By John Solomon
How the government's punishing of the exposure of official wrongdoing can linger for years
Independent voices from the TWT Communities
While D.C. officials wait for six firms to grow medical marijuana in warehouses less than five miles from the White House, the role of cannabis in American life is taking center stage in political and legal bouts across the country.
Prosecutors charged two more activists Sunday with crimes tied to the two-day NATO summit, accusing one of saying he wanted to blow up a downtown Chicago bridge and a second with seeking to build pipe bombs.
Applicants hoping to dispense medical marijuana in the District have until Halloween to submit their plans to city officials, pushing the long-awaited program forward even as federal prosecutors put a scare into the cannabis industry's prospects in California and other states.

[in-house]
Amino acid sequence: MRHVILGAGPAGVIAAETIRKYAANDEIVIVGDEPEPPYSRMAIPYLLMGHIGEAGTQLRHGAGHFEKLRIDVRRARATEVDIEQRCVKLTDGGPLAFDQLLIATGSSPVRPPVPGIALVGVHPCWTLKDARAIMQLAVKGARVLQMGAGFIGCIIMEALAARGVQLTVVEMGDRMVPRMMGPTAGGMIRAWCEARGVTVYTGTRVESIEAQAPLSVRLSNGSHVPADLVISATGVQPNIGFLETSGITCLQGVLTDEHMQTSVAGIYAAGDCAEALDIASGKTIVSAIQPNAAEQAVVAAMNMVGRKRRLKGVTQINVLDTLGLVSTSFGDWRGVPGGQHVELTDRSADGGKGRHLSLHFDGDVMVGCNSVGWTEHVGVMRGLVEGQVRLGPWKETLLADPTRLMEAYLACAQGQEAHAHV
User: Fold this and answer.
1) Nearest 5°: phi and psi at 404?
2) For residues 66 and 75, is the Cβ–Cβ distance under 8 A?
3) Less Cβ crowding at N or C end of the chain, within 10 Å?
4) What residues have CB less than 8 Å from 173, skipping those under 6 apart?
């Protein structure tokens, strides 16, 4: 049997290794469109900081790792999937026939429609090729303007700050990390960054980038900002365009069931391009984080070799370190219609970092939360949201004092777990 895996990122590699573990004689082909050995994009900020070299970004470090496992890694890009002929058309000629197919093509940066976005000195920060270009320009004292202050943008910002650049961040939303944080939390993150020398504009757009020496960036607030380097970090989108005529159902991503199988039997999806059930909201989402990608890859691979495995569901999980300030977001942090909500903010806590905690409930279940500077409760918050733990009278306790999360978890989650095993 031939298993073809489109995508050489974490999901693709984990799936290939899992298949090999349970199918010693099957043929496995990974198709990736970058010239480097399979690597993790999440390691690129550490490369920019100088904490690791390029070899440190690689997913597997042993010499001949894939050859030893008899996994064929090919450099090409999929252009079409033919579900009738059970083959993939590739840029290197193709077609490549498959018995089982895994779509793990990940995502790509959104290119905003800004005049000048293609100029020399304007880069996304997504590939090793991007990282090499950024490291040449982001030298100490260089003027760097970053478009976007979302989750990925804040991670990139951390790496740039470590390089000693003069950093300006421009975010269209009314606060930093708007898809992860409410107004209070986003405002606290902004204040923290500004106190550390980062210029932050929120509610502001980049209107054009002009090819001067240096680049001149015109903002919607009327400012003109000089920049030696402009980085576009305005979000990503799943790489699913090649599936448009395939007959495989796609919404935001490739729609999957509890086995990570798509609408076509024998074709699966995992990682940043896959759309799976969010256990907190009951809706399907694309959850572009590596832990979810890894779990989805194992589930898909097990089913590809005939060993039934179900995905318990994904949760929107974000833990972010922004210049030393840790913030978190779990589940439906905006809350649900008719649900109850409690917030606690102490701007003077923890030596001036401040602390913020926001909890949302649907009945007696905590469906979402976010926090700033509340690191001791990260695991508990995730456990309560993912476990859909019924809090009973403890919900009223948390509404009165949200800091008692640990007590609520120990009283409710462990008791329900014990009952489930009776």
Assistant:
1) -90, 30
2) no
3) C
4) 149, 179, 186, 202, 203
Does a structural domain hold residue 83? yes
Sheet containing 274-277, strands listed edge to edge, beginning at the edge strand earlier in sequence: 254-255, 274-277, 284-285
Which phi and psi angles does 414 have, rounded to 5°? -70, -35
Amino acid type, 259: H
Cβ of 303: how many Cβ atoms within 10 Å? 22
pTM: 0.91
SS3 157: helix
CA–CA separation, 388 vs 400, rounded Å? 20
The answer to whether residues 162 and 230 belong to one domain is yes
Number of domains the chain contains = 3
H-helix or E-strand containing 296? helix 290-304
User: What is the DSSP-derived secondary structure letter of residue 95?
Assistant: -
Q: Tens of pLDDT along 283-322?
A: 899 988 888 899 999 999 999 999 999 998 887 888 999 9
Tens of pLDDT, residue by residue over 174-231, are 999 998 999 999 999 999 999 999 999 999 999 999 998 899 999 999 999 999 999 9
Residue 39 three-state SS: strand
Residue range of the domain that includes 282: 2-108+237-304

For a brief time earlier this month the National Cancer Institute, a branch of the federal government's National Institutes of Health, had posted a webpage touting the possible benefits of marijuana in fighting cancer tumors. But less than two weeks after it went up, the webpage was altered and the approving words stricken.
"It's very puzzling," Mr. Hermes said.
But the long-awaited debut of cultivation centers and dispensaries in the District -- at "the doorstep of the federal government" -- could help turn the political tide in nationwide advocates' favor, said Kris Hermes, spokesman for Americans for Safe Access, a medical marijuana advocacy group.